Shoulder Pain Management
Prevalence of Common Shoulder Ailments
The prevalence of shoulder pain in people with diabetes is at least twice as high compared with people who do not have diabetes.1,2 More common shoulder conditions in people with diabetes include:
- Adhesive capsulitis (or frozen shoulder)
- Calcific periarthritis
- Rotator cuff abnormalities
- Reflex sympathetic dystrophy1,2
Of note, up to 78% of patients with diabetes may have rotator cuff conditions, and people with diabetes are about 3 times more likely to have calcific periarthritis than people without diabetes.3
Shoulder capsulitis affects about 10% of Type 1 diabetics and about 22% of Type 2 diabetics, but its prevalence is stratified by age. In Type 1 diabetes, shoulder capsulitis is more prevalent after age 40, and in Type 2 diabetes, prevalence increases after age 50.4
People with Type 1 diabetes are 5 times more likely to have rheumatoid arthritis than people with Type 2 diabetes.5
People with diabetes are 5 times more likely to have shoulder pain than the general population, and the disability from shoulder pain and co-morbid diabetes is significantly worse than in people who do not have diabetes.1 Shoulder pain and stiffness in people with diabetes may be exacerbated by:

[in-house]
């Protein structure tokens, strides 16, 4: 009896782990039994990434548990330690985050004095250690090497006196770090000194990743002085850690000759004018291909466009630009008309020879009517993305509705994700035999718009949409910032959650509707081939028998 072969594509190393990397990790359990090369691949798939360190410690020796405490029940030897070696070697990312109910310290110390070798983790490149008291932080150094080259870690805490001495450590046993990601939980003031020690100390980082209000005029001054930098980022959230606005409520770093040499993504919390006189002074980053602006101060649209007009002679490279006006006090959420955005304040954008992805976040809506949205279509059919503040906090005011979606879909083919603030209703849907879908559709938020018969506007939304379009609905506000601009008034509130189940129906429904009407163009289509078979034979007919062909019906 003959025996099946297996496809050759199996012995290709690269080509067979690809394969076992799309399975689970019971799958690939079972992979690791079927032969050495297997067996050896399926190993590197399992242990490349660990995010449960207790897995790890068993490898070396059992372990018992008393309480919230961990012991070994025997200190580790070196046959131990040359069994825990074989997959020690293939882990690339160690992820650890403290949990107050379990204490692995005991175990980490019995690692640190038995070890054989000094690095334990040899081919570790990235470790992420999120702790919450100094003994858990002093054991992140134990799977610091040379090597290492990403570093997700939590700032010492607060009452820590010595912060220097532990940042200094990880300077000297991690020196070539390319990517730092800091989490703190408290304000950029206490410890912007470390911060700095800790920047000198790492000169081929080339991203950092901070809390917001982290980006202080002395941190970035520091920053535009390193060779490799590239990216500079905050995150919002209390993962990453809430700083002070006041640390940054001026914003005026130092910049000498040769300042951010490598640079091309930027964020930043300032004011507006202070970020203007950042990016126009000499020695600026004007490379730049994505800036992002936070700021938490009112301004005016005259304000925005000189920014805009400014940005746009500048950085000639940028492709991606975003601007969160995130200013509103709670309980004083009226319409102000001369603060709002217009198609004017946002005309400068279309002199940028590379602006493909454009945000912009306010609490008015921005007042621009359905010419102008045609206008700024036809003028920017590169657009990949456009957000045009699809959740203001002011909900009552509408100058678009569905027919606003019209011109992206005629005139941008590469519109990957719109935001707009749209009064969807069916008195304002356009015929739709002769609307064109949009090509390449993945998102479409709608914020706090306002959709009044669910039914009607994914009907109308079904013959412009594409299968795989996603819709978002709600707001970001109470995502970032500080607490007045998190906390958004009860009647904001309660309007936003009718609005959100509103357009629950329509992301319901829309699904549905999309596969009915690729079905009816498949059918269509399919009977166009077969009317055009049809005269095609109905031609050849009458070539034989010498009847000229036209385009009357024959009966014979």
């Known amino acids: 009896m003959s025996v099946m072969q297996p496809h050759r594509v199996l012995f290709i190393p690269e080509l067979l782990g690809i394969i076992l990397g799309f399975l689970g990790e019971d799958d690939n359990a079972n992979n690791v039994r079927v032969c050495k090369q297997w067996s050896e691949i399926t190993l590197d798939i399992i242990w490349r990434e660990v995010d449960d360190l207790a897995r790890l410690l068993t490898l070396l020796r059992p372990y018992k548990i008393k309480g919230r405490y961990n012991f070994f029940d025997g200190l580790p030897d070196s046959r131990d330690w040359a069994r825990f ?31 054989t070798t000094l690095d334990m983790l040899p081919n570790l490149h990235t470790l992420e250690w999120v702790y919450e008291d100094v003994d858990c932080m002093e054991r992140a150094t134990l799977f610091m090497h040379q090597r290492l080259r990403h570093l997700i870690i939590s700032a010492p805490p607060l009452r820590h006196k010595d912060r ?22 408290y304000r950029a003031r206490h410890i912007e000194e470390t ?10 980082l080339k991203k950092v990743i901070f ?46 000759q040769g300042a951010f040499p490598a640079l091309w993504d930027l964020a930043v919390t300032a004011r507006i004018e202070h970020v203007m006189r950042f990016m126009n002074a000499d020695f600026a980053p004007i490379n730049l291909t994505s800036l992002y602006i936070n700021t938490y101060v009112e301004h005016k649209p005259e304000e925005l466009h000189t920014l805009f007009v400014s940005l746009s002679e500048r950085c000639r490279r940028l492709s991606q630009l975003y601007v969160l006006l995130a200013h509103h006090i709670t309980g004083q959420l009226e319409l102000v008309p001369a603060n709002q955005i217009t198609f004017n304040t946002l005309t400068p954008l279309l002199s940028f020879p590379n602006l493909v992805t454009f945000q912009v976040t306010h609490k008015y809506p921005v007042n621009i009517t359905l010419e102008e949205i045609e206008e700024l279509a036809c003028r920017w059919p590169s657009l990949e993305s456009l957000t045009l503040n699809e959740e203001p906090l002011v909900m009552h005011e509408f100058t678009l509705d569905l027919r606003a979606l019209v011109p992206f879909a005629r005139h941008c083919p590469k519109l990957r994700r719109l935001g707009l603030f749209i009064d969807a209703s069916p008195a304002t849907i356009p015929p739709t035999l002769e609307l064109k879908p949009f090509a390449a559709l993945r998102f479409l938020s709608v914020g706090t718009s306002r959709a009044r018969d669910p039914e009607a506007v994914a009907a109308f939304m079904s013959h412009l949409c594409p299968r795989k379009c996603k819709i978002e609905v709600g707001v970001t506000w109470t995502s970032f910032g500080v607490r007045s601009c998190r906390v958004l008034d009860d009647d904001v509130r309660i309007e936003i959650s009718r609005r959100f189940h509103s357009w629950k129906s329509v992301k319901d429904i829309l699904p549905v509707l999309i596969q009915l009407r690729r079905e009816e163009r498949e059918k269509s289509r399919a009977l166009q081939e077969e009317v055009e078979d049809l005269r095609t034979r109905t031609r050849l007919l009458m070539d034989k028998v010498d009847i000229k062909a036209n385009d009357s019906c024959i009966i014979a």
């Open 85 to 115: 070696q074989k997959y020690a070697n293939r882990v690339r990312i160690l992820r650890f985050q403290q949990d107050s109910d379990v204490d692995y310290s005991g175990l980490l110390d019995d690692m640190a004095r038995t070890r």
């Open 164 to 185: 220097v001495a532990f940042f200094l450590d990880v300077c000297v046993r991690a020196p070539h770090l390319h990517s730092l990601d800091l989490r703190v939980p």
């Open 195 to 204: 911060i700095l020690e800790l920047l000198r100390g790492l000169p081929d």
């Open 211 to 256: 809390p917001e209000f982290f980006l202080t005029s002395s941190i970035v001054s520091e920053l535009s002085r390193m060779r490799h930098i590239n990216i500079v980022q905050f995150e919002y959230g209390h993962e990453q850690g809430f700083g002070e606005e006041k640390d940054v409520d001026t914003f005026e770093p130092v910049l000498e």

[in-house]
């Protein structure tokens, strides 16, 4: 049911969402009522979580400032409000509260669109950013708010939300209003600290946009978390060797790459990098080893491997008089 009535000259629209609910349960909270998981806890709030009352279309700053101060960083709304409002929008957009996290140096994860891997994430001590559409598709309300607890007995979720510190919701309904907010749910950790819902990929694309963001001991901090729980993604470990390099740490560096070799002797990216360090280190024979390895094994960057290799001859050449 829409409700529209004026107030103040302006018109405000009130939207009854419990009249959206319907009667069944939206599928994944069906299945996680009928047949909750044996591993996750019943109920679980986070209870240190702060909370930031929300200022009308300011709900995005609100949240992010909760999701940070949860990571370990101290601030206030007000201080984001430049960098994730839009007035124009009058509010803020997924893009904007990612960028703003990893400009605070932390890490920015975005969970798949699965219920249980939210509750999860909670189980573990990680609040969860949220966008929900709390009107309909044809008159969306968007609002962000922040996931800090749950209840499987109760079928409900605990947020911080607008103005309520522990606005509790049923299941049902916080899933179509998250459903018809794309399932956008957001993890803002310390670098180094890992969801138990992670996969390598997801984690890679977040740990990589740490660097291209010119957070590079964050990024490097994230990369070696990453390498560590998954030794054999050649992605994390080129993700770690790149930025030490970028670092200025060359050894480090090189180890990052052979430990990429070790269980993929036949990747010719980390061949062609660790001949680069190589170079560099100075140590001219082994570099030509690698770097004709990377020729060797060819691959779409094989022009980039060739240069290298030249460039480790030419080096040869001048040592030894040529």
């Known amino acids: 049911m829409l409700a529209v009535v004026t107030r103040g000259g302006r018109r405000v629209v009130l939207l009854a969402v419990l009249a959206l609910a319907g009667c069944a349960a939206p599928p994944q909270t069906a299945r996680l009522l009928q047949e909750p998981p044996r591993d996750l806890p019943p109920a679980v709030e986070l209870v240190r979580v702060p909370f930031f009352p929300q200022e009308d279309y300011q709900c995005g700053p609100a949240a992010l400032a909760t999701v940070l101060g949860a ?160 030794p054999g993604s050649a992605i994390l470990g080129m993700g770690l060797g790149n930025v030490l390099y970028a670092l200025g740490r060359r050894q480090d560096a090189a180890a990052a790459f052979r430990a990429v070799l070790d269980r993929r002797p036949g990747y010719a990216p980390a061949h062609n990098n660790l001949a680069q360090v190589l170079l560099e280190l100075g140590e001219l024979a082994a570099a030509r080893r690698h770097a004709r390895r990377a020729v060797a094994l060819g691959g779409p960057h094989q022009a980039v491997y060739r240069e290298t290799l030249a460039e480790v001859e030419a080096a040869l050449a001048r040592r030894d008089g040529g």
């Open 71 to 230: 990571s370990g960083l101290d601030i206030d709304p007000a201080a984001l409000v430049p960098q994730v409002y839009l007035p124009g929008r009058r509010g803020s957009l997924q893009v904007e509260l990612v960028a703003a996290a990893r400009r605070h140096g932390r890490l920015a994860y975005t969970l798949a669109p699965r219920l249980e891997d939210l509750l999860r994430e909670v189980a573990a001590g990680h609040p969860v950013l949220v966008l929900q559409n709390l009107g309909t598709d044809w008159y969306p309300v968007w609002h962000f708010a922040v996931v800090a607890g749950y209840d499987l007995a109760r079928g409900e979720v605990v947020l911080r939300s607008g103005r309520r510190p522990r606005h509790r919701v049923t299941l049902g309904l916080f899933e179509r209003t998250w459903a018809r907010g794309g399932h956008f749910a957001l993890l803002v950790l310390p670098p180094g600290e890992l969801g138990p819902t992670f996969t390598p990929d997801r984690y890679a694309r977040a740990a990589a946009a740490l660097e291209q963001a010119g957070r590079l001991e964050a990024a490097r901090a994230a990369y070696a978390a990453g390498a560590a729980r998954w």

People with diabetes and shoulder pain or stiffness have significantly reduced mobility compared with shoulder patients who do not have diabetes.1 Shoulder flexion and abduction can be significantly reduced in people with diabetes who report shoulder stiffness compared with people who did not have diabetes, even after adjustment for confounding factors.1 A mean reduction of 4°-10° has been seen in shoulder flexion, abduction and external rotation after adjusting for age, gender, obesity and smoking.
Shoulder pain tends to be chronic and progressive in diabetics. About half of patients with these co-morbid conditions report increased pain and disability over the course of one year.2
Increased shoulder pain in patients with diabetes has been associated with duration of disease and may be due to glycosylation of connective tissue.6 High blood glucose levels have been shown to predict increased shoulder pain over one year, and diabetes complications, such as retinopathy requiring intervention, have been shown to predict increased shoulder disability over one year.6 These outcomes suggest that people with diabetes experience more rapid joint degradation than people who do not have diabetes.
A significant increase in pain scores over one year in patients with high HbA1c and current shoulder symptoms has been reported.2 Older patients who had higher HbA1c and less initial shoulder pain were more likely to experience worsening shoulder pain after one year.6
Additionally, shoulder capsulitis tends to be more prevalent in Type 2 diabetics when glycemic control is poor compared with Type 2 diabetics who had good glycemic control.4
By contrast, in patients with tightly controlled blood glucose, lower levels of skin collagen glycosylation, glyco-oxidation and elevated advanced glycosylation endpoints have been observed, suggesting that better glycemic control may reduce the risk of musculoskeletal conditions.6
Obesity and Diabetes
People with diabetes are more likely to be obese or morbidly obese than people without diabetes. Up to 26% of people with diabetes are obese or morbidly obese compared with up to 11% of the general population.2